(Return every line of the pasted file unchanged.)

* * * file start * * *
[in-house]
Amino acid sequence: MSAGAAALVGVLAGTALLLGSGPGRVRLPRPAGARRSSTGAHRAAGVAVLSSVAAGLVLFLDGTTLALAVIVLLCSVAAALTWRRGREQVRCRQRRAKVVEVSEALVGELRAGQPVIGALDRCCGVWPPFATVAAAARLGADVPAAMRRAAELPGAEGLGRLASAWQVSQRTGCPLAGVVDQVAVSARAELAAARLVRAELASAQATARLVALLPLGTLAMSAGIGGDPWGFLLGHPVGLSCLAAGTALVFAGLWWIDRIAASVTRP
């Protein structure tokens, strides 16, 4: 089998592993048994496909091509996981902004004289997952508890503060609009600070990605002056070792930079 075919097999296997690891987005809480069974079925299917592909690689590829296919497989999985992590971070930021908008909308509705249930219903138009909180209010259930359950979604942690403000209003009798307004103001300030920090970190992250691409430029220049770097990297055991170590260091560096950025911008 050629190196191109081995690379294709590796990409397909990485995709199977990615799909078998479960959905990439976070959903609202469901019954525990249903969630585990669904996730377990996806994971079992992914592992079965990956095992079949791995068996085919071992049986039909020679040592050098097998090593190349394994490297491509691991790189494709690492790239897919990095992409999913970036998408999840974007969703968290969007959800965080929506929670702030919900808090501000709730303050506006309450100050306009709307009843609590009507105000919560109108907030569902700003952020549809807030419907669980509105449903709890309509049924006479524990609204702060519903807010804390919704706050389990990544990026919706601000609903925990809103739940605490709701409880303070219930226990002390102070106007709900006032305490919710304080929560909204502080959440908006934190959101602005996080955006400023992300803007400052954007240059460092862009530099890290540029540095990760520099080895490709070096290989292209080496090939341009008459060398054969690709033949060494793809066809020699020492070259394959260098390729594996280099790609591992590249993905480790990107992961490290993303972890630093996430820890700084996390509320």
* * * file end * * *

[in-house]
Amino acid sequence: MSAGAAALVGVLAGTALLLGSGPGRVRLPRPAGARRSSTGAHRAAGVAVLSSVAAGLVLFLDGTTLALAVIVLLCSVAAALTWRRGREQVRCRQRRAKVVEVSEALVGELRAGQPVIGALDRCCGVWPPFATVAAAARLGADVPAAMRRAAELPGAEGLGRLASAWQVSQRTGCPLAGVVDQVAVSARAELAAARLVRAELASAQATARLVALLPLGTLAMSAGIGGDPWGFLLGHPVGLSCLAAGTALVFAGLWWIDRIAASVTRP
């Protein structure tokens, strides 16, 4: 089998592993048994496909091509996981902004004289997952508890503060609009600070990605002056070792930079 075919097999296997690891987005809480069974079925299917592909690689590829296919497989999985992590971070930021908008909308509705249930219903138009909180209010259930359950979604942690403000209003009798307004103001300030920090970190992250691409430029220049770097990297055991170590260091560096950025911008 050629190196191109081995690379294709590796990409397909990485995709199977990615799909078998479960959905990439976070959903609202469901019954525990249903969630585990669904996730377990996806994971079992992914592992079965990956095992079949791995068996085919071992049986039909020679040592050098097998090593190349394994490297491509691991790189494709690492790239897919990095992409999913970036998408999840974007969703968290969007959800965080929506929670702030919900808090501000709730303050506006309450100050306009709307009843609590009507105000919560109108907030569902700003952020549809807030419907669980509105449903709890309509049924006479524990609204702060519903807010804390919704706050389990990544990026919706601000609903925990809103739940605490709701409880303070219930226990002390102070106007709900006032305490919710304080929560909204502080959440908006934190959101602005996080955006400023992300803007400052954007240059460092862009530099890290540029540095990760520099080895490709070096290989292209080496090939341009008459060398054969690709033949060494793809066809020699020492070259394959260098390729594996280099790609591992590249993905480790990107992961490290993303972890630093996430820890700084996390509320």